Platforms are online environments that take advantage of the economics of free, perfect, and instant. To be more precise, a platform can be defined “as a digital environment characterized by near-zero marginal cost of access, reproduction, and distribution”.
Based on the book "Machine Platform Crowd" written by Andrew McAfee and Erik Brynjolfsson, the characteristics of the winners in the platform battles,
- They're early to the space. They don't have to be the first, but they had better not be so late that many potential participants have already chosen a platform and network affects have taken hold.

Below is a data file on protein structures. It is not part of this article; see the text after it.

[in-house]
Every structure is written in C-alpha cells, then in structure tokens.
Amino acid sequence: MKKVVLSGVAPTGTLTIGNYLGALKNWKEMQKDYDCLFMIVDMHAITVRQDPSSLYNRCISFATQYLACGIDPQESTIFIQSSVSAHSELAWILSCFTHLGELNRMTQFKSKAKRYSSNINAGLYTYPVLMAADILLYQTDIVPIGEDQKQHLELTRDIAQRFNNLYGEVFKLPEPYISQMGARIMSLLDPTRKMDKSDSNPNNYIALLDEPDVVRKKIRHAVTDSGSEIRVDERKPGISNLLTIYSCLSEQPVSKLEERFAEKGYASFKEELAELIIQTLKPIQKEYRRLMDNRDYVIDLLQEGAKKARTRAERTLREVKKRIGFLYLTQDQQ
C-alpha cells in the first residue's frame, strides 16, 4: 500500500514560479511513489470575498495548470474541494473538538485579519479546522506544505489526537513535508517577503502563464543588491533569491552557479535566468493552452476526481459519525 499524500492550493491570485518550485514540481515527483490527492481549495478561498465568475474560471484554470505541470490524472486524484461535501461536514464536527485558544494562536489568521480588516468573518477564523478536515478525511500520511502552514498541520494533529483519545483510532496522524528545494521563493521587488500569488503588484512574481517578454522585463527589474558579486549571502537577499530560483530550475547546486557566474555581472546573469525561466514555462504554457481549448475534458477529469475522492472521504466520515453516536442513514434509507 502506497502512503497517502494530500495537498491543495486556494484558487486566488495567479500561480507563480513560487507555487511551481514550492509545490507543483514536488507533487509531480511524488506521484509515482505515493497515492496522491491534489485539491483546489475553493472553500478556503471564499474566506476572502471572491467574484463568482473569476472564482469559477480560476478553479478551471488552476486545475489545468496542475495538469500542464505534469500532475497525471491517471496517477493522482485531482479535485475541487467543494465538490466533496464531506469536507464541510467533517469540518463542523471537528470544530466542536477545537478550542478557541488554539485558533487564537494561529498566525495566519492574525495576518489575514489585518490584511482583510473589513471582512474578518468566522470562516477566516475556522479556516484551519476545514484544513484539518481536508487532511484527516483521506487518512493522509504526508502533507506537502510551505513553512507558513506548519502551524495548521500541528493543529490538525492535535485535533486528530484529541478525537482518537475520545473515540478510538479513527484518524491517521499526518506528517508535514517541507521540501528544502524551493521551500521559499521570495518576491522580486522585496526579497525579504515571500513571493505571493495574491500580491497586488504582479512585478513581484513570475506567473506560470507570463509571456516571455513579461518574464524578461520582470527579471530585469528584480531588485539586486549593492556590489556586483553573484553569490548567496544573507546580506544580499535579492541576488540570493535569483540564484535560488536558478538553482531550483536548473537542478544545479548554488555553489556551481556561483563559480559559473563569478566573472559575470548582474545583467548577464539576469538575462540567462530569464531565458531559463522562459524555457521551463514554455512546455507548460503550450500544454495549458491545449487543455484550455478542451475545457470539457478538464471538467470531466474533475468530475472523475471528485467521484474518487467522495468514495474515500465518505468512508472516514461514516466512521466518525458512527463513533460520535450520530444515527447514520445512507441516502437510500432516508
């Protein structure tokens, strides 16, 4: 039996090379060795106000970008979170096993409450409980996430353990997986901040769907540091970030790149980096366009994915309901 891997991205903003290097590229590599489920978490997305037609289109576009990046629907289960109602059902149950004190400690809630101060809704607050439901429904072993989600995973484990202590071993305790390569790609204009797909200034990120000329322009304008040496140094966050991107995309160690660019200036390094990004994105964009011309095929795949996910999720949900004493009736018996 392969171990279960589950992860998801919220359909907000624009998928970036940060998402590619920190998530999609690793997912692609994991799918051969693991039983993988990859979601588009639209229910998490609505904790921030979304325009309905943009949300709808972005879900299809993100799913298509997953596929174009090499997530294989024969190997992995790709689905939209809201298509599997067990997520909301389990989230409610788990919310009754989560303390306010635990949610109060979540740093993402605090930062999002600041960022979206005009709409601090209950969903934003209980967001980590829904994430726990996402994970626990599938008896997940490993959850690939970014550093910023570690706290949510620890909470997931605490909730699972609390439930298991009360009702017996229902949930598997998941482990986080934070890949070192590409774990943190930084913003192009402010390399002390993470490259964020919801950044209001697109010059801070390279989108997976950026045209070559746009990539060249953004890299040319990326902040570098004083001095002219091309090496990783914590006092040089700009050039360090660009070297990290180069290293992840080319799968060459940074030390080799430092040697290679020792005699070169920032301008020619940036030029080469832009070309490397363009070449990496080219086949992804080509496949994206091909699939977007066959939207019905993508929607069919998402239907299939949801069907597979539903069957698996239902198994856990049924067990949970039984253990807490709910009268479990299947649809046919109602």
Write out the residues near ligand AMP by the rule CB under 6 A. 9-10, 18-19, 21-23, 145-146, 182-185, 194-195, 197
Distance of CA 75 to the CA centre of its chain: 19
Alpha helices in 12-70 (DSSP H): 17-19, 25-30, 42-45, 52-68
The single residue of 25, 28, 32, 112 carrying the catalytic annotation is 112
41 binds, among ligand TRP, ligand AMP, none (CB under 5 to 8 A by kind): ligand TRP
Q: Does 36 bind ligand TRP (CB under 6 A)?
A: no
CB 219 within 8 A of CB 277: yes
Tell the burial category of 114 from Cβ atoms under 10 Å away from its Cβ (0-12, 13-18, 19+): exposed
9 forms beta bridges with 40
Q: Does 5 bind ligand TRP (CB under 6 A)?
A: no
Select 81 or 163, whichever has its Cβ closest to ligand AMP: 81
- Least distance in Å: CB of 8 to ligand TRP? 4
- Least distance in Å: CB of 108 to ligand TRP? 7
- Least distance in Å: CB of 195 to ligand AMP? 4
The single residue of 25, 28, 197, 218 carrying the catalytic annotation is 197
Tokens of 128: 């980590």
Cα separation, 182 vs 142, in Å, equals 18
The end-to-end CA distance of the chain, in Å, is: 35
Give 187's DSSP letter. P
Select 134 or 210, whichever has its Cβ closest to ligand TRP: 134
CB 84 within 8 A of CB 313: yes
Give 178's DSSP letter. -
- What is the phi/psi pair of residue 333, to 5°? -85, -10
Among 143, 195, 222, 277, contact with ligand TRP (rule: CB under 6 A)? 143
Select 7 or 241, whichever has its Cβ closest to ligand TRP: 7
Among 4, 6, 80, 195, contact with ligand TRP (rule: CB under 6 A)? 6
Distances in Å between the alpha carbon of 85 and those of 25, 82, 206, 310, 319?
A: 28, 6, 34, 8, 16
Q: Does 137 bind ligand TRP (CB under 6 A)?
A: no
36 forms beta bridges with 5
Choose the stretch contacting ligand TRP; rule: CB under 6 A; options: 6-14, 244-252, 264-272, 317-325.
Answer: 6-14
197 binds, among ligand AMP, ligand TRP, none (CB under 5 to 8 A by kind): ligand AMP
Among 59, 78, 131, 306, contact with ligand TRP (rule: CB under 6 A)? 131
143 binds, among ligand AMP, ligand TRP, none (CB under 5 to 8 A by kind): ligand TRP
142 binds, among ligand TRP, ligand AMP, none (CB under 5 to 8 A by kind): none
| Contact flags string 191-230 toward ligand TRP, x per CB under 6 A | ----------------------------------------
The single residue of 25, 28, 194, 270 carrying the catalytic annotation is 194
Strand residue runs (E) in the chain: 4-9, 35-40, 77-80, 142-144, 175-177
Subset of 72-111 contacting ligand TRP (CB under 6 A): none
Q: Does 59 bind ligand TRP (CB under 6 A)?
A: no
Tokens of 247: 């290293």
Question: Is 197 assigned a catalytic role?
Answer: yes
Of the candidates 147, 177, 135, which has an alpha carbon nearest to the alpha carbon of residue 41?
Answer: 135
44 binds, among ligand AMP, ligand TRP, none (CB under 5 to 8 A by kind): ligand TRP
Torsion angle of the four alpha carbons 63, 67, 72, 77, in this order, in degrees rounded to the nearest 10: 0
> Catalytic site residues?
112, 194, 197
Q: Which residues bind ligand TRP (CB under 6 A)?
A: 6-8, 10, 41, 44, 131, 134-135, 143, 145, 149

- They take advantage of the economics of complementary goods whenever possible, realizing that low prices for one complement lead to increased demand for others.
- The open up their platforms to a broad range of contributors and contributions. This variety increases total consumer surplus, especially if some of the contributions are offered to users for free, and it pushes the demand curve outward in a series of nudges.
- While they maintain a broad rule of openness, they also curate their platforms to deliver a consistent and positive experience to participants and to minimize unpleasant surprises.